DESCRIPTION (provided by applicant): Productive activation of T cells requires integration of two signals: one, antigen specific, provided by the T cell receptor; and a second signal activated by the engagement of co-stimulatory receptors. Anergy, one of the mechanisms that accounts for establishment of peripheral tolerance, is evoked by an unbalanced activation of T cells through their antigen receptor without simultaneous engagement of co-stimulatory receptors. In this situation, T cells not only do not start a proliferative response, but they become unable to produce IL-2 and proliferate when re-stimulated with antigen in the presence of co-stimulation. Anergic stimuli produce a preferential activation of calcium signaling relative to other co-stimulation dependent signaling pathways. Under these conditions, members of the NFAT family of transcription factors are activated in the absence of their main transcriptional copartner, AP-1, directing the expression of a specific set of genes characteristic of the anergic response. We now propose to determine the mechanisms and consequences of the induction of anergy-associated programs of gene expression. The specific questions we will address are: 1) How is the expression of anergy-associated genes regulated? 2) What are the consequences of the activation of those genes? 3) Is the expression of anergy-associated genes able to induce T cell tolerance? To achieve these goals we propose three specific aims: 1) to study the nature of the NFAT complexes found on the promoters of those genes, differentiating them from those that bind to genes expressed during a productive immune response; 2) To determine the role of specific anergy-associated genes in the induction of T cell tolerance; and 3) to characterize the induction and maintenance of T cell anergy and its role in peripheral tolerance in a mouse model that constitutively activates the expression of anergy-associated genes. Defining the mechanisms that control the activation of a transcriptional program specific of T cell anergy and the molecular pathways affected by the expression of those genes should prove valuable to understand how immune tolerance is established and to define targets that will help design new therapeutic approaches for autoimmune diseases, organ transplant rejection and allergy.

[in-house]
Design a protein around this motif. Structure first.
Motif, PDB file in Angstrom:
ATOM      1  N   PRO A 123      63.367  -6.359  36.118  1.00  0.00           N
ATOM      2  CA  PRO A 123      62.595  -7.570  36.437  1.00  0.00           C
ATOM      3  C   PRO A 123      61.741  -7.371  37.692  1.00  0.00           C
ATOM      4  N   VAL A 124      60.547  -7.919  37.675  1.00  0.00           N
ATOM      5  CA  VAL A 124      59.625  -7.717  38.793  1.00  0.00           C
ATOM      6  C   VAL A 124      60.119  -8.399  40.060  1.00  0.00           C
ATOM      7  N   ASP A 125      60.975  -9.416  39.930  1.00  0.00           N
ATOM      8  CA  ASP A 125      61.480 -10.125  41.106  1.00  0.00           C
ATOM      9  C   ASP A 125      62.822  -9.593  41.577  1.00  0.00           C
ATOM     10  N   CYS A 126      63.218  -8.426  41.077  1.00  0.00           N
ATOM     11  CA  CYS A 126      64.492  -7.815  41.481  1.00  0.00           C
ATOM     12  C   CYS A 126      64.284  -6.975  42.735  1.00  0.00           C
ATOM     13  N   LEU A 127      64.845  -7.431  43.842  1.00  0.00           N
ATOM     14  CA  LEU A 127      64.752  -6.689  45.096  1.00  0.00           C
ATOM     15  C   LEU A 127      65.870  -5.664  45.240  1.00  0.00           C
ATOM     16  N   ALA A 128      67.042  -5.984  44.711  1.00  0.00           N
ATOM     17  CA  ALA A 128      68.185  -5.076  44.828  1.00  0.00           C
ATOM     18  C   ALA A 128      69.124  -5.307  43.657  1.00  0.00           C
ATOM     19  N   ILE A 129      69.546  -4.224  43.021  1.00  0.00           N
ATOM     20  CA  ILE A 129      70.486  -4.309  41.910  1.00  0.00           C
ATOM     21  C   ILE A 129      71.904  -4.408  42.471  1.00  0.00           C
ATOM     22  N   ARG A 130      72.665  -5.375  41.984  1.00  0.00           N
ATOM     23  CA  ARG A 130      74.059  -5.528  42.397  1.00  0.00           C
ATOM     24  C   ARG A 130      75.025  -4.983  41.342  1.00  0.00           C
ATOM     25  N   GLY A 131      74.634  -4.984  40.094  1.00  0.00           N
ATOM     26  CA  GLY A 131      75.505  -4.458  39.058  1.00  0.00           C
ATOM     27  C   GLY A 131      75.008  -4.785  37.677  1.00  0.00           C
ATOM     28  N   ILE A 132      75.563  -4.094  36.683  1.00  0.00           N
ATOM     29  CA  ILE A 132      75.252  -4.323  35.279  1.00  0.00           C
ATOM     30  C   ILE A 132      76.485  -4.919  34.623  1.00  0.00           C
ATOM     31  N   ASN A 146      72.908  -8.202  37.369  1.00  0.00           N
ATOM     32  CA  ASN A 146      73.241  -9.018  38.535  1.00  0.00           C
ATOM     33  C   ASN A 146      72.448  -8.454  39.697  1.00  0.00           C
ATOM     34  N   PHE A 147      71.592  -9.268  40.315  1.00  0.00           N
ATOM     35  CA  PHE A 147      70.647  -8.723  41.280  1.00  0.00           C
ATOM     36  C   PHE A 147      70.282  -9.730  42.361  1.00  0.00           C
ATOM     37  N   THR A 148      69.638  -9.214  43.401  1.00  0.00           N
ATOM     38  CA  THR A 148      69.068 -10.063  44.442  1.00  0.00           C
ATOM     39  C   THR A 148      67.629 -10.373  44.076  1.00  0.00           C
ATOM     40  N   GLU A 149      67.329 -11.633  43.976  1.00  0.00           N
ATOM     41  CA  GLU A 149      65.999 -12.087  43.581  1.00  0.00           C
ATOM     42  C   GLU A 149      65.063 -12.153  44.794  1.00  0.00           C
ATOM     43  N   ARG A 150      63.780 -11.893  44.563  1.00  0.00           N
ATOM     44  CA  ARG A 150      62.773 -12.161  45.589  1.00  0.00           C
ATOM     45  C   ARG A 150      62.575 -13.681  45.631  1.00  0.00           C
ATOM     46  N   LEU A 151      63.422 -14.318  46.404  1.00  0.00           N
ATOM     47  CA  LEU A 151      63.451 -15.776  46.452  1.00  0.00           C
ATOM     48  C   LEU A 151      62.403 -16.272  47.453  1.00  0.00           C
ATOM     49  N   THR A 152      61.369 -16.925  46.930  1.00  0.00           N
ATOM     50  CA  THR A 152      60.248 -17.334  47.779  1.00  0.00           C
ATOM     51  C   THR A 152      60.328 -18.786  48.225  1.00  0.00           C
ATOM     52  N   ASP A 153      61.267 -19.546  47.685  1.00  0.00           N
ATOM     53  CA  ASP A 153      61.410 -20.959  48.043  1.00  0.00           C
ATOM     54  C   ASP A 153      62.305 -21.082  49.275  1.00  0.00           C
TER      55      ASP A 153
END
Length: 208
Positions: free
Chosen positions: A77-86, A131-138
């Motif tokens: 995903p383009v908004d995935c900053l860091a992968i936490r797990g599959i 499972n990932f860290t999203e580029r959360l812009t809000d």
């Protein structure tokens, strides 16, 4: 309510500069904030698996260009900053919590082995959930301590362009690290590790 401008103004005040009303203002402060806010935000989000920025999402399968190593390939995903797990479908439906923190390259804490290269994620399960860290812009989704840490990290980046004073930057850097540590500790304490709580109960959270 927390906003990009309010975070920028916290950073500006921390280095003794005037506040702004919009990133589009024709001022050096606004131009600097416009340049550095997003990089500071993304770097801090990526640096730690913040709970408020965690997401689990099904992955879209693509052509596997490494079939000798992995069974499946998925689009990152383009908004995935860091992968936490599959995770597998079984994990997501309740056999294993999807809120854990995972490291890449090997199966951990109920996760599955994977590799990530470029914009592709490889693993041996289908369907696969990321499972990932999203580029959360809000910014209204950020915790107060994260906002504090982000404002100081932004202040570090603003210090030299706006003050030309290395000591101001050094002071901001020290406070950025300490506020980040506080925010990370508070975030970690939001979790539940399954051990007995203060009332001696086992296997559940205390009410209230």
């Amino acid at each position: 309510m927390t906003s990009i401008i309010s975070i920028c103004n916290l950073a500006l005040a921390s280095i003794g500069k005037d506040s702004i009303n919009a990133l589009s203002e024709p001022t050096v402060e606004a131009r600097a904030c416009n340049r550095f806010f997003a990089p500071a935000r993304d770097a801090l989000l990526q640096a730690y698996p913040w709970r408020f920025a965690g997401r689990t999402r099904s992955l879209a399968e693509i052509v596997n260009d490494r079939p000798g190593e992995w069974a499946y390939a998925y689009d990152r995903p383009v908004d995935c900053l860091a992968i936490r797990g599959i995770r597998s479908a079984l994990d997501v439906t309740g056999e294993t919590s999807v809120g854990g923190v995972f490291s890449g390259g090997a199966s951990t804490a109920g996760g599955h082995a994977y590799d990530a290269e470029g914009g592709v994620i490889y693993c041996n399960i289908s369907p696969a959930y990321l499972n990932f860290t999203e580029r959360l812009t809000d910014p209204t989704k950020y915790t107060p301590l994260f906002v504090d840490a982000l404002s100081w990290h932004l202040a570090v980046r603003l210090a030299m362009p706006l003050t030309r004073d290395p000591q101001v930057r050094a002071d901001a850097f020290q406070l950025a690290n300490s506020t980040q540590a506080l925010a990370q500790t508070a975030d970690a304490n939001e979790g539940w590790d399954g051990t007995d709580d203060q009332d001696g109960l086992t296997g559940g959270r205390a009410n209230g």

|Effective start/end date||4/1/04 → 3/31/05|
- National Institute of Allergy and Infectious Diseases: $375,750.00
- Molecular Medicine
- Cell Biology
- Developmental Biology